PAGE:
News & Event
“We didn’t want to take away anyone’s rights,” said Gosselin. “Over the past two weeks, it’s been interesting.
To view the complete article, visit Providence Journal
Courtesy of Providence Journal
Citizens Bank announced recently that its Community Development Group has provided $9 million in financing in the form of a tax-exempt bond to Pawtucket Development Group, LLC for the acquisition and renovation of a vacant historic mill, known as Lippitt Mill, located in West Warwick, into 65 residential housing units.
Twenty-eight of the units will be available to tenants at or below 60 percent of Area Median Income and 37 units will be market-rate units. The project is financed with low-income housing tax credits, federal and state historic tax credits and Rebuild RI Tax Credits.
“We greatly value our partnership with Citizens Bank and appreciate the Community Development Group’s market knowledge and excellent execution,” said Kris Shaw, president of Pawtucket Development Group, LLC. “We look forward to continuing to work with the Citizens team as this project reaches its potential.”
To view the complete article, visit Warwick Beacon
Courtesy of Warwick Beacon
Posted May 10, 2018 at 6:46 PM
Updated May 10, 2018 at 6:46 PM
More than 50 female volunteers helped refurbish a house at 2 Knight St. in Westerly.
Posted: May 21, 2017 at 5:43 PM
Updated: May 21, 2017 at 5:43 PM
Ten apartments have been built in the nearly 200-year-old exhibit hall.
PROVIDENCE — The rehabilitation of a landmark house in Pawtuxet Village, which will now be used to house homeless people and individuals with disabilities, will be celebrated at a ceremony Monday in Warwick.
The house at 69 Fair St., Warwick, built around 1820 for the Rhode Island Society for the Encouragement of Domestic Industry, was once the centerpiece of a 12-acre fairground, and was used to host state fairs and cattle shows until 1848. During the off-season, the exhibit hall was used for school and religious activities.
Today the 2½-story Greek Revival building sits on a nearly one-acre hilltop site.
Posted: Jun 8, 2018 at 5:46 PM
How many times have you passed a street corner and witnessed a variation of this line: “I’m homeless and hungry; can you help?” As a result of pressure from the American Civil Liberties Union in 2016, cities across Rhode Island stopped arresting panhandlers, resulting in a proliferation of men and women throughout all parts of our state asking for financial help from passersby.
Panhandling evokes strong reactions in all of us. We may feel a combination of anger, guilt, shame, judgment and helplessness. We hear these themes: “How many people can I give a dollar to?” “Will this person buy alcohol or drugs?” “Why don’t they just get a job?”
To find a more positive solution to this social problem, Amos House launched “A Hand Up” in the fall of 2016. Our goal was to provide an alternative to panhandling that would offer a daily wage to men and women short on cash. Rather than cast judgment, we put people to work — literally picking up garbage and beautifying our neighborhoods.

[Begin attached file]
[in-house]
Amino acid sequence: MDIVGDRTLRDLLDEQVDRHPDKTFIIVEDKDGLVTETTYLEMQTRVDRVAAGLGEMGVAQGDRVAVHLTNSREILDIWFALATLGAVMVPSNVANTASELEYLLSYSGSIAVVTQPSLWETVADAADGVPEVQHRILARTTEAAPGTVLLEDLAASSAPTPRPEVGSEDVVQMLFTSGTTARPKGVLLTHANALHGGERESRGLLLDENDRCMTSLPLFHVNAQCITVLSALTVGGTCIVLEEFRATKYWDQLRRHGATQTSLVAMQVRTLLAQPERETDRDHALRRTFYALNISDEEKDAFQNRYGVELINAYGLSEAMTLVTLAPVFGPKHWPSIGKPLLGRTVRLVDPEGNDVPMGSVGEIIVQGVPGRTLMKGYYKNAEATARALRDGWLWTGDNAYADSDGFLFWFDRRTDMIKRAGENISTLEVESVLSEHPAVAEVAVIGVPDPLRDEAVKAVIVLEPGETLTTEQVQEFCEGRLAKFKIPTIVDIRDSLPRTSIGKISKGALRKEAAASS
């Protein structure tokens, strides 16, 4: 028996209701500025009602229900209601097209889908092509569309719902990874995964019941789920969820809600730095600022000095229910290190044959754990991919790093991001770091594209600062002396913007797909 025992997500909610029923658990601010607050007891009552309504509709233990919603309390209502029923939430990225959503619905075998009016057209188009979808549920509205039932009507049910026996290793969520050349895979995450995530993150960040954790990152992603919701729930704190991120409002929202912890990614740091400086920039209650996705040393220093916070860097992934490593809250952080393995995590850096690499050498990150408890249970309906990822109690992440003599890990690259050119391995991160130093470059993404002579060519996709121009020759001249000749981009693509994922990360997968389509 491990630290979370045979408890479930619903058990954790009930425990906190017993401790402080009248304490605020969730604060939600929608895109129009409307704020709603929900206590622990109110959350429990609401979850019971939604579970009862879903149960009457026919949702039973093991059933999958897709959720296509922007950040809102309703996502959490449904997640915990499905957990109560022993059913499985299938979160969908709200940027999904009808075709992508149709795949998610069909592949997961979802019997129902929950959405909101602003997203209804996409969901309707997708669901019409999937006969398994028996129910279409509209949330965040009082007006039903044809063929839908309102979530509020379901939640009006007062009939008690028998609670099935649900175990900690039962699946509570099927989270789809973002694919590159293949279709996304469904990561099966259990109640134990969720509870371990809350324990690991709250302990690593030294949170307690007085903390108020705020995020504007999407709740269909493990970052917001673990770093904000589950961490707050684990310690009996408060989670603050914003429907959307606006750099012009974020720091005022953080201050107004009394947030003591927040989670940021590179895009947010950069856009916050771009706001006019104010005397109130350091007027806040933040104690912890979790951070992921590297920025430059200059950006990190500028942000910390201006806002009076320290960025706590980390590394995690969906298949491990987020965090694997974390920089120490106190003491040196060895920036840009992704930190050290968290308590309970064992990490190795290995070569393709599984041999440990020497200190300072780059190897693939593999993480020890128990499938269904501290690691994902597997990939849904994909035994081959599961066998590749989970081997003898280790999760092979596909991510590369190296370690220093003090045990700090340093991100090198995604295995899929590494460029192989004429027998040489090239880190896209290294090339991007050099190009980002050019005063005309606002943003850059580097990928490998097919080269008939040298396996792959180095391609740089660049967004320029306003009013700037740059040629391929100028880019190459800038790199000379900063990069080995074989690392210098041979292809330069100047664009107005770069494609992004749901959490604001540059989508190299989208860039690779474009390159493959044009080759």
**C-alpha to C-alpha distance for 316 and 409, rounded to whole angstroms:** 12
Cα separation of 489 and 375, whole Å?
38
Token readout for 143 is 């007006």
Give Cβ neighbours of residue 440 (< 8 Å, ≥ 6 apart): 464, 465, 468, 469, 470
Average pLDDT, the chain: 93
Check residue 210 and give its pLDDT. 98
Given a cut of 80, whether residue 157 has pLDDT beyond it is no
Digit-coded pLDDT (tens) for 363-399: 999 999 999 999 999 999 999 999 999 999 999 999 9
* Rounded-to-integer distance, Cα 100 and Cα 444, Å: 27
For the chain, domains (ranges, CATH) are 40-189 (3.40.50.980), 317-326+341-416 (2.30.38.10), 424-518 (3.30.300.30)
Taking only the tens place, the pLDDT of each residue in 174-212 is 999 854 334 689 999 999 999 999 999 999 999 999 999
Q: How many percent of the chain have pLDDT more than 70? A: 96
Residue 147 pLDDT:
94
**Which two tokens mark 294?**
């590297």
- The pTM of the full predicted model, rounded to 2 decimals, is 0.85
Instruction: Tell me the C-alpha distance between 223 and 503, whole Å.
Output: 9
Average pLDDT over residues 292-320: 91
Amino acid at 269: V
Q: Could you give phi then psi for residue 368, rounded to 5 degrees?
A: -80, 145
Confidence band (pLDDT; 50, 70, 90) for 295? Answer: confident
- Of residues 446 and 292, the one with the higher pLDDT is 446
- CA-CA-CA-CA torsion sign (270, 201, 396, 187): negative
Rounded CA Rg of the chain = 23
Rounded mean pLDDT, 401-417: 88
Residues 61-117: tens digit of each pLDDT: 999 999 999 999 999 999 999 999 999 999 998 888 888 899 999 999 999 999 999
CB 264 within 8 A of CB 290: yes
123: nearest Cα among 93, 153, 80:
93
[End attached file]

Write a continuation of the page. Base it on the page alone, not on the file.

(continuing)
Posted: Aug 18, 2018 at 3:00 PM
Rhode Island has long fallen short in meeting its housing needs, and it’s gotten to the point where no matter where you turn, the numbers are bleak.
The state’s per capita housing production was the lowest in the nation last year, and it’s been either the lowest or one of the lowest for more than a decade.
The state’s rental vacancy rate, a measure of how many apartments are available, was tied for lowest in the nation last year, and it too has been among the lowest for more than a decade.
The number of R.I. households that are “cost burdened” — struggling to make ends meet because more than 30 percent of their annual income goes to housing costs — has been rising. More than half of renter households and more than one in three households with a mortgage were cost-burdened in 2015, the latest year for which data is available.
And then we have the sobering numbers that HousingWorks RI has been sharing for many years, which show that a family with a median Rhode Island income can afford a median-priced home in just a few of the state’s 39 cities and towns.
No wonder more than three out of four Rhode Islanders now see housing affordability as a serious issue, according to a recent WPRI 12/Roger Williams University poll.
Yet, our state leaders have done little. The most notable contribution, perhaps, has been a series of bonds that have been placed on the ballot and approved by voters. These bonds have provided $125 million since 2006, helping to produce nearly 3,000 subsidized, income-restricted “affordable” homes. But even here, Rhode Island falls short.
Posted Thursday, September 19, 2019 1:29 pm
By JOHN HOWELL
The city Planning Board has granted master plan approval for an eight-unit condominium development on a 1.19-acre wooded home site next to the Warwick Public Library on Sandy Lane.
Michael Primeau, president of the Sundown Corporation of North Kingstown, proposes to build four two-unit, single-story buildings in the rectangular lot running parallel to the secondary one-way entry to the library – the one with the outside return slot. One of the buildings would face Sandy Lane to blend in with other houses on Sandy Lane, while the remaining three would look out on a new road to be named Library Lane. The lane would provide a turnaround for emergency vehicles.
Primeau said the units would be about 1,000 square feet and include two bedrooms and two baths. They would sell for a price in the “high 200s.” He gave an estimate of $275,000 to $300,000.
Stay in the loop by subscribing to our newsletter!
Newsletter Sign Up
Newsletter Sign Up
One Empire Plaza
Providence, RI 02903
A project of HousingWorks RI